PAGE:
Jennifer

  • Jennifer,
    Remember that gluten sensitivity causes many problems (celiac and RSD included). Different people react differently to gluten. Check out this post as it helps delineate the differences:
    http://www.glutenfreesociety.org/gluten-free-society-blog/gluten-sensitivity-not-just-for-celiac-disease/

    Also, watch this video tutorial on the topic:

    http://www.glutenfreesociety.org/video-tutorial/gluten-sensitivity-what-is-it/

    All the best,
    Dr. O

  • Pam Holm says:

    Is it possible for a gluten free diet to reverse atypical facial pain/trigeminal neuralgia? I have tried all the meds…was muscle tested and was told I was gluten intolerant….is there hope?

  • Pam,
    Not only is it possible, it is common to see neuralgia recover in gluten sensitive individuals.
    All the best,
    Dr. O

  • Mia says:

    I have dx for gluten sensitivity (double dq1, non-celiac variety), plus positive tests for sensitivity to soy, casein & yeast. I also have a dx for peripheral neuropathy, which started about two years ago. After finding the link between gluten & neuropathy, I’ve been eating gluten free for 5 months and soy, casein and yeast free for about 2 months. Lately I’ve noticed my symptoms for peripheral neuropathy have changed. For the past 2 years I’ve had progressive numbness in my feet, and more recently tips of the fingers. No tingling, more that “altered state” like you’re wearing a sock. Occasionally I’d get those electric shocks up the legs, too. But in the last few weeks I’ve noticed more burning on the bottom of my feet, more shock-like pains in my toes, and my feet are aching much more than they used to.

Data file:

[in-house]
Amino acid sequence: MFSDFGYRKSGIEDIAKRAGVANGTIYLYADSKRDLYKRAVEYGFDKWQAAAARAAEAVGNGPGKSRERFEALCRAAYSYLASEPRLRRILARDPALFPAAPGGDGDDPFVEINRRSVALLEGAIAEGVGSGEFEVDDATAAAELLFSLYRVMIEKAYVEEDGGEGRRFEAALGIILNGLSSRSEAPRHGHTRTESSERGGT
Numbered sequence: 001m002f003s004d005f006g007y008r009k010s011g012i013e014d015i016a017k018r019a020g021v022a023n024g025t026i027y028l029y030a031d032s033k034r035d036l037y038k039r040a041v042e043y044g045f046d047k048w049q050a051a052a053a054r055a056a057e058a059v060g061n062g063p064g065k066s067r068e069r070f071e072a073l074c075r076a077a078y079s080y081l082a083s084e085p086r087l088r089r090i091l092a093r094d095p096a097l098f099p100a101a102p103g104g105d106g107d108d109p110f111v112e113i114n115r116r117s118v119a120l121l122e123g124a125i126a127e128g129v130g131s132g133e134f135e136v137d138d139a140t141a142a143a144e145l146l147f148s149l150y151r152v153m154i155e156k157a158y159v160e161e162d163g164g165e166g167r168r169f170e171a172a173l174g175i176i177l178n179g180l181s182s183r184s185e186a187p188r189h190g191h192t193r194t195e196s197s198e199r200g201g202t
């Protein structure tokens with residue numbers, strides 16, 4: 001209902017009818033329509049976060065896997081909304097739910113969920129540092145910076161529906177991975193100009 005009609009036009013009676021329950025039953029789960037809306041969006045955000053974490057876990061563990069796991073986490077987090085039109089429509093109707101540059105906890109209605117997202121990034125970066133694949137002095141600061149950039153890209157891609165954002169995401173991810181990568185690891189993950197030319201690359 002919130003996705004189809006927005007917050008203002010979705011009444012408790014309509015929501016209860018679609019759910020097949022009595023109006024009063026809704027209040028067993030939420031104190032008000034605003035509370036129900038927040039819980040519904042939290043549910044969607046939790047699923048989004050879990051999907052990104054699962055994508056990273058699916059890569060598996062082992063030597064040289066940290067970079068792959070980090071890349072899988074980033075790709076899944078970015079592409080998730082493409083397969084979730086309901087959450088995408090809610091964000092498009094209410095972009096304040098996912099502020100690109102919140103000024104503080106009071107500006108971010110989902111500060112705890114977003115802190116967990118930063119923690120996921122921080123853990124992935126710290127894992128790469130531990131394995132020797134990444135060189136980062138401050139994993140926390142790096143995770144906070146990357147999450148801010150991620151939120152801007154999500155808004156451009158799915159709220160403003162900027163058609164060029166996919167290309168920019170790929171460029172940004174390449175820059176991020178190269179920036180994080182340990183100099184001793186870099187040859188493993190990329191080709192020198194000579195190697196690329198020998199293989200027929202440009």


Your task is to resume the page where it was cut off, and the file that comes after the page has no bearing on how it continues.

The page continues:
• Steph says:

    I’m encouraged by GFS. For one thing, the fact that going gluten free can reverse symptoms is so powerful! I have been tested as not celiac, but SEVERE intolerance to wheat and MODERATE intolerance to gluten/glaidin. When I eat wheat/gluten I get really bad symptoms I call gluten neuropathy 36-48 hours later: dizzy/off balance, left food numbness, tingling, and puffy eye lids!
    Sadly, many Dr’s, even natural health Dr.’s blow it off and have even had some perscribe supplements w/gluten/wheat! UGH!

  • Lorna says:

    I am a 61-year-old woman who is just now exploring the possibility that I may be gluten-sensitive. My niece and nephew have both tested positive for the genetic indicator, so it would stand to reason that the symptoms that have no relief may be connected.
    My question is whether my tinnitus could be just one more on the ever-growing list of chronic issues. I see it in the list above, but wonder how strong the link is. I’ve been dealing with it for a number of years and have been told it is not something that can be treated. GF diet, perhaps?

  • Hi Lorna,
    I have clinically seen tinnitus improve with a gluten free diet in multiple patients. That being said, there are many factors involving this condition, so I wouldn’t declare gluten free a cure all for it. All in all, I would encourage you to go gluten free and send me feedback on how it goes.
    All the best,
    Dr. O

  • KH says: